Γοργίας characters ð eBook, PDF or Kindle ePUB Plato ↠ 7 free download read Γοργίας D prestige or genuine concern for the moral betterment of the citizens These uestions go to the heart of Athenian democratic principles and are relevant than ever in today's political clima This book is a masterpiece It includes a critical text and a line by line philological commentary But even the reader without Greek will learn an enormous amount about Plato and related topics by reading it alongside a translation just skip all the entries dealing with purely philological mattersIt is often said that the best commentary on Aristotle is Aristotle Hence important commentaries on Aristotle spend most of their time uoting in Greek other passages from Aristotle The same is true for Plato and probably for all philosophers So keep a copy of the translated works handy and whenever Dodds or anyone cites a passage or refers to a passage follow up the referenceThe best translation of the collected works remains E Hamilton Cairns Lord not Cooper By a mile

Plato ↠ 7 free download

Γοργίας characters ð eBook, PDF or Kindle ePUB Plato ↠ 7 free download read Γοργίας Taking the form of a dialogue between Socrates Gorgias Polus and Callicles GORGIAS debates perennial uestions about the nature of government and those who aspire to public office Are high m Well if one was to sum up it would be hard to go past Plato s own summary And of all that has been said nothing remains unshaken but the saying that to do injustice is to be avoided than to suffer injustice and that the reality and not the appearance of virtue is to be followed above all things as well in public as in private life and that when any one has been wrong in anything he is to be chastised and that the next best thing to a man being just is that he should become just and be chastised and punished also that he should avoid all flattery of himself as well as of others of the few or of the many and rhetoric and any other art should be used by him and all his actions should be done always with a view to justice I ve read this book as someone who is an atheist and therefore someone who can place little concern on the rewards or punishments of the afterlife Much of Plato s argument is supported by the idea that we should be moral in this life to avoid punishment in the next life I would like to think that his conclusions still stand for an atheist even if his arguments do not I m not sure how well Socrates answers Callicles arguments or rather attack Nietzsche later says much the same things about Socrates and his arguments his denial of life and how ugly Socrates is and how lacking in taste and common sense It seems clear for much of the text that Callicles is bored by Socrates arguments and only agrees to continue listening to Socrates because Gorgias asks to hear the rest of what Socrates has to say he abandons participation in the argument which is not the same as him being silenced by Socrates argument I would very much doubt that Callicles came away from this encounter feeling that Socrates was right and that one should prefer to suffer harm than to do harm The myth at the end was all very Christian and it is easy to see why Plato was so easy to be used by the Church I found it very interesting that at least two of what are taken to be standard Christian messages are clearly put forward by Socrates turn the other cheek literally in those terms too and the problem the rich and powerful will have in getting into paradise The import of this dialogue seem to me to be an even clearer statement of the golden rule than that contained in the Christian message surely the idea that we must avoid doing ill even prefering bad things to be done to us is virtuous than merely treating others as we would like to be treated ourselves So the uestion for me is whether it is possible to establish this as a conclusion an atheist could follow And to be honest I don t know I can t see what an atheist could base the good that is necessary to sustain this argument on Socrates is than willing to be prepared to die for his truth because he knows there is an afterlife in which the pleasures and sufferings of this life are as nothing His argument is that doing wrong harms the wrong doer s soul I think this is true even if I don t believe in a soul as such If we know we have done wrong there is nothing worse than feeling we have been rewarded for it When I was a child my mother caught me cheating at patience or solitaire for my American cousins I must have been old enough for her merely saying Are you cheating to not really count for much But what did count was when she said You are only cheating yourself I ve often wondered if that is a good lesson or not I still don t cheat and try to avoid situations where I can cheat myself or others but it does often seem that those who do cheat perhaps both themselves and others do end up better off And people do seem to have a near infinite capacity to rationalise away their actions so that they always do tend to see themselves in the end as entirely justified Plato s myth at the end of this dialogue where the wrong souls are being sent to the wrong places because they were being judged in their worldly finery just before they die seems relevant here Perhaps a means of attack on this is that the benefits of doing wrong are generally short lived you cheat and the benefit is rather fleeting but the knowledge that you cheated that you are the sort of person who would cheat that can be something that lasts with you all of your life Perhaps then this is the ground to support Plato s conclusions without resorting to his arguments that in the end one needs to be able to live with one s self and that is easier to do if we have been wronged than if we have wronged others That the punishments we inflict upon ourselves for wronging others are often worse than the punishments others would give us if they were to punish us I enjoyed this than the last time I read it the last time I read it I was much concerned that Socrates did not really answer Callicles s argument I still don t think he answers it but I m not as concerned now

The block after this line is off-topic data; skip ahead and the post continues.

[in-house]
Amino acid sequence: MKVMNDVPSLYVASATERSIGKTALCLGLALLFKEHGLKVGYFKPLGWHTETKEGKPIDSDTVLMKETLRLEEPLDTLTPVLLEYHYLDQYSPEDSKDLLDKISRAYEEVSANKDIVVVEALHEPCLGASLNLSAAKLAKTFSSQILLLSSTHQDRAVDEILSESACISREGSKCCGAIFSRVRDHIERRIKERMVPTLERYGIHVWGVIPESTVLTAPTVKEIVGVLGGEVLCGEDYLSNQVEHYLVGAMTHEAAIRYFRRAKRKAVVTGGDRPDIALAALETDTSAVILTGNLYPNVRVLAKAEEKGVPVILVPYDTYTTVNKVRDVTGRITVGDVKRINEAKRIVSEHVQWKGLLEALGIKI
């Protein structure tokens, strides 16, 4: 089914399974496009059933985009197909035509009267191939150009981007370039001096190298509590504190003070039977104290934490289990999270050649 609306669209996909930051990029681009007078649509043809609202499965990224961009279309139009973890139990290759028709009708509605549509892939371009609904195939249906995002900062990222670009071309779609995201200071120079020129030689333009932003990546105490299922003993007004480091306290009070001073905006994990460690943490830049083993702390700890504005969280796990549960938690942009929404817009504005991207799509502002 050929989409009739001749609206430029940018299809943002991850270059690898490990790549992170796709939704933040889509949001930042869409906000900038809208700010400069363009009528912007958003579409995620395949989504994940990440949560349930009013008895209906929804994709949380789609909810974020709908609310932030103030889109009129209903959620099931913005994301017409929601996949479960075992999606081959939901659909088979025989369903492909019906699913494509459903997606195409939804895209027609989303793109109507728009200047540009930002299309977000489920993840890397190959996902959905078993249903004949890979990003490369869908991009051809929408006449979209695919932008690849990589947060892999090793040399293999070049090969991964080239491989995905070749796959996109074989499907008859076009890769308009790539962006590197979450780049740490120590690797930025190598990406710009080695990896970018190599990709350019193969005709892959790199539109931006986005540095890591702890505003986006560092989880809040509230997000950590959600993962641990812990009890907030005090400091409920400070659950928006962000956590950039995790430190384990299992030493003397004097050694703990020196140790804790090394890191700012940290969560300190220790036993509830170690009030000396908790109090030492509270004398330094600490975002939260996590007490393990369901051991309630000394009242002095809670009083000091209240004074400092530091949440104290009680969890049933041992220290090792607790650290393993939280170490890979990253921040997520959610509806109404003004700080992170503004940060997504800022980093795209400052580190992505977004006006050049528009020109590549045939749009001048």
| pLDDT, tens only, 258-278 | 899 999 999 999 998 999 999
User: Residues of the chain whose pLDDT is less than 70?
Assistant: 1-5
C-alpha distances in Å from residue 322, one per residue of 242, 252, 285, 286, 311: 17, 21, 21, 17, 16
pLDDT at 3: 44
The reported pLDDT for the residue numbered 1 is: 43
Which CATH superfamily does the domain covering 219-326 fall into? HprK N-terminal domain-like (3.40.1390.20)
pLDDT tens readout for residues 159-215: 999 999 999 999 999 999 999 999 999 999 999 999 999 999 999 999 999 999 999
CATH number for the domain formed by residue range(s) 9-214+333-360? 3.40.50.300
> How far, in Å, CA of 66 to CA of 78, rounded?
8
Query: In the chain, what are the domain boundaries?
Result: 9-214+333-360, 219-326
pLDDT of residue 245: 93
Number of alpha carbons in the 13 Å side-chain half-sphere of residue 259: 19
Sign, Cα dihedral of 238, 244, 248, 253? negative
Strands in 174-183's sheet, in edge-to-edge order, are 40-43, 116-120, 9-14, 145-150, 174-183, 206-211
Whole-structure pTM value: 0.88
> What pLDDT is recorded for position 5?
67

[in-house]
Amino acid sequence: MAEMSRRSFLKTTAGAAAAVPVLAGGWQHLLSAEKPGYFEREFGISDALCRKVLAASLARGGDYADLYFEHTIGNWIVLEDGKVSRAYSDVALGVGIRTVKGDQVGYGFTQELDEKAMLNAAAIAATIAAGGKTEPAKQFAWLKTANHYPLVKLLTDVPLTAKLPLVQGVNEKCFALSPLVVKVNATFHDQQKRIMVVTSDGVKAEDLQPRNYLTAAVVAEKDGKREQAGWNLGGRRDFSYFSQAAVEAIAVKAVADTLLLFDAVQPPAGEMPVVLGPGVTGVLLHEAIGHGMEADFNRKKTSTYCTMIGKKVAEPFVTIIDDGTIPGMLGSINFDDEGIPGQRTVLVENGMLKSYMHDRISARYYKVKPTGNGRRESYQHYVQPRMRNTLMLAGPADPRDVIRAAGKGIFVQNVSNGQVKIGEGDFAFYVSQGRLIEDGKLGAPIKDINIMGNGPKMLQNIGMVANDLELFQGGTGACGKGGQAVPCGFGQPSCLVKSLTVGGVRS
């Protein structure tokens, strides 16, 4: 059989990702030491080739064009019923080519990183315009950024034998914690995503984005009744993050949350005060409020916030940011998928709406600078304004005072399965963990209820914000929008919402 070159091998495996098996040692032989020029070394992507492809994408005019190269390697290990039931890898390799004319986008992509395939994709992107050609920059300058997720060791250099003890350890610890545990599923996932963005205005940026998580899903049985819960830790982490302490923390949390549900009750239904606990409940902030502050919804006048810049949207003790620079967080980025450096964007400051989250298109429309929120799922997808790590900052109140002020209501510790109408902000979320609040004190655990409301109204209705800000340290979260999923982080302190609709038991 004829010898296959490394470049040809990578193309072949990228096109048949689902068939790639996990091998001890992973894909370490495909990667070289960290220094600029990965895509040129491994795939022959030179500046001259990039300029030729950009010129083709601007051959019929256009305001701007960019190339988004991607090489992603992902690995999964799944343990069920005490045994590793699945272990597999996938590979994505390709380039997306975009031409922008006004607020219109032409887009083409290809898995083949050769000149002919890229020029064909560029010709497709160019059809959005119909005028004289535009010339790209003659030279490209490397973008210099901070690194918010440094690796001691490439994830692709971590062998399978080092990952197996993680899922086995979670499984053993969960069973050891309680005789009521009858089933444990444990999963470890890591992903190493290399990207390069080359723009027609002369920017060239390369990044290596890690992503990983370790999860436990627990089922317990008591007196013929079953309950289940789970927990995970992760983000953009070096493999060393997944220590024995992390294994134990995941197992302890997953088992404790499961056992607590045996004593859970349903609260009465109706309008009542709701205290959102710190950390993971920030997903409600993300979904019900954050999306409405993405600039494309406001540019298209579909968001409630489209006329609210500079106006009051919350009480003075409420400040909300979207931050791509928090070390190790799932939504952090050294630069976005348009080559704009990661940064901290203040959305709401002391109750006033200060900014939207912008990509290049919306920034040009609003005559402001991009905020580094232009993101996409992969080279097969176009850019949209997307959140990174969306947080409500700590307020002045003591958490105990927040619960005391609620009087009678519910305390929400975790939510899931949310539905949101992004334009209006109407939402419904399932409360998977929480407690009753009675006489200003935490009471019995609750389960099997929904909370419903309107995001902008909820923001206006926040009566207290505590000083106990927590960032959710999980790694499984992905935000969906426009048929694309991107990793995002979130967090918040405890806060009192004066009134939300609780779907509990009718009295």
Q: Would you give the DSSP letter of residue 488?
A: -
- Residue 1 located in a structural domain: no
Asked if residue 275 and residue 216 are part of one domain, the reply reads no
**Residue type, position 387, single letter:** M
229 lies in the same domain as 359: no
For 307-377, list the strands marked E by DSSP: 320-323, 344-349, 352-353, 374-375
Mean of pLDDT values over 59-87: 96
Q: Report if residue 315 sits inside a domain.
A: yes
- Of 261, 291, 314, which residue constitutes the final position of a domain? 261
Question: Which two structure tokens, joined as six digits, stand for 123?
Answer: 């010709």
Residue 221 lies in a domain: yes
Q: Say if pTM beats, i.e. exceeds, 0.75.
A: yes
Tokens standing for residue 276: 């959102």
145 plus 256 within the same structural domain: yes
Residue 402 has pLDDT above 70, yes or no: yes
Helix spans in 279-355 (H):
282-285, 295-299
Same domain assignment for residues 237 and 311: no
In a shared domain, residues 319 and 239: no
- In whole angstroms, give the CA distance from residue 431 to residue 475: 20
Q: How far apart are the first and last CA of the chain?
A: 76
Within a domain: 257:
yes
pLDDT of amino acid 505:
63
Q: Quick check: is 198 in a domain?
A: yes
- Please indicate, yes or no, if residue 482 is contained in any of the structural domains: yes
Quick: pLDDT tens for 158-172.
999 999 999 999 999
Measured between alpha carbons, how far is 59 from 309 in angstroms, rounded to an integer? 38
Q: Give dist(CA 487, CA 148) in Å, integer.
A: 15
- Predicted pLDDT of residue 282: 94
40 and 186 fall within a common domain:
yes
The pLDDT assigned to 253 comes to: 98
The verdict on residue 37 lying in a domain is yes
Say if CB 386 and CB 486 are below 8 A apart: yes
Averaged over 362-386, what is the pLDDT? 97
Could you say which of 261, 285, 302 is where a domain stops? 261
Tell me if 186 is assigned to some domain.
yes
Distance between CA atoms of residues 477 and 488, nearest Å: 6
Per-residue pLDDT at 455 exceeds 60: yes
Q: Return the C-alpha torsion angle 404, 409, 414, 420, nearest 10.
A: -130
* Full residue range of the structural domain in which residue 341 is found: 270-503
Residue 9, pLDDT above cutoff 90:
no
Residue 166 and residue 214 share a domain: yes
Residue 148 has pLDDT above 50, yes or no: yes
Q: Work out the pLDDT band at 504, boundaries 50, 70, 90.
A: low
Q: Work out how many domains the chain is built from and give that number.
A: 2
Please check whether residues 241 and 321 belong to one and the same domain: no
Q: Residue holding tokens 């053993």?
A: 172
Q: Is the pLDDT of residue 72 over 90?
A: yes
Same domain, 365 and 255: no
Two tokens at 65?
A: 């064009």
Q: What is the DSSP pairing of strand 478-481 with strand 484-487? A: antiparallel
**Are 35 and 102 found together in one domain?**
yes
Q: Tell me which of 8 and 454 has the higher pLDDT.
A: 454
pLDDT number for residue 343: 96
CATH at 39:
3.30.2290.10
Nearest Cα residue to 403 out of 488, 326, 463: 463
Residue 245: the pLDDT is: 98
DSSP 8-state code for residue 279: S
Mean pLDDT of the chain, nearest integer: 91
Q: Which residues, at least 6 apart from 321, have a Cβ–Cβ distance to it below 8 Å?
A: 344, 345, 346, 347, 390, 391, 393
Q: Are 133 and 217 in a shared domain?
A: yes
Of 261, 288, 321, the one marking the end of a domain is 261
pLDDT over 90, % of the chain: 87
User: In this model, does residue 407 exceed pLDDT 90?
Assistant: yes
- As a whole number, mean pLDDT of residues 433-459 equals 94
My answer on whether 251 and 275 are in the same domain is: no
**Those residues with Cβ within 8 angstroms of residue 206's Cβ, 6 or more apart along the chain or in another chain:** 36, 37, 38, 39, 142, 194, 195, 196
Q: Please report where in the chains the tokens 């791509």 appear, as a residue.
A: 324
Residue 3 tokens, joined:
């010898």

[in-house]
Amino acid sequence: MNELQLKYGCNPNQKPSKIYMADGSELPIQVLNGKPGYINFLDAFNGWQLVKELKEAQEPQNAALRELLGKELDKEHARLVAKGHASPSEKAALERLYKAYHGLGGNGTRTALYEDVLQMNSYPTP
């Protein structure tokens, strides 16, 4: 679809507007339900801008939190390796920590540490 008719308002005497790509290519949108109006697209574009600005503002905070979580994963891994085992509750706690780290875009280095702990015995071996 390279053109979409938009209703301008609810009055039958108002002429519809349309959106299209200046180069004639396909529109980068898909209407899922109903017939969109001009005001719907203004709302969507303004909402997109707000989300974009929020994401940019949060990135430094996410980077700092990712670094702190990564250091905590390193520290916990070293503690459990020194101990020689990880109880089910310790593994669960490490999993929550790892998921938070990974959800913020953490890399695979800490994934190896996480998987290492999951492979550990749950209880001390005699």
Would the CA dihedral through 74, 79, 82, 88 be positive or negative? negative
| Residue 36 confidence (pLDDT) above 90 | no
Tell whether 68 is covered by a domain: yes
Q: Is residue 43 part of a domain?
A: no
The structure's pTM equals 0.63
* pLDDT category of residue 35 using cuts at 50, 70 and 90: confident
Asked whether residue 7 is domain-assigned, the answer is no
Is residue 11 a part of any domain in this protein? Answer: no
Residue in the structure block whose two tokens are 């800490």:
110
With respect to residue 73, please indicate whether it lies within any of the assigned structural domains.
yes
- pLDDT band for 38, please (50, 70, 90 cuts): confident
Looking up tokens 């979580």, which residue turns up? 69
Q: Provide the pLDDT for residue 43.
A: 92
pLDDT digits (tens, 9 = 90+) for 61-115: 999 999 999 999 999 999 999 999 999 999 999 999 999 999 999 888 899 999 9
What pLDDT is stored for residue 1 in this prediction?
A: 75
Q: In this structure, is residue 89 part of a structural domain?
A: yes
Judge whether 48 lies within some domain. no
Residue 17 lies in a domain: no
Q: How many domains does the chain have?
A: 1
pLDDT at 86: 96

• Paperback
  • 208
  • Γοργίας
  • Plato
  • English
  • 22 February 2019
  • 9780140449044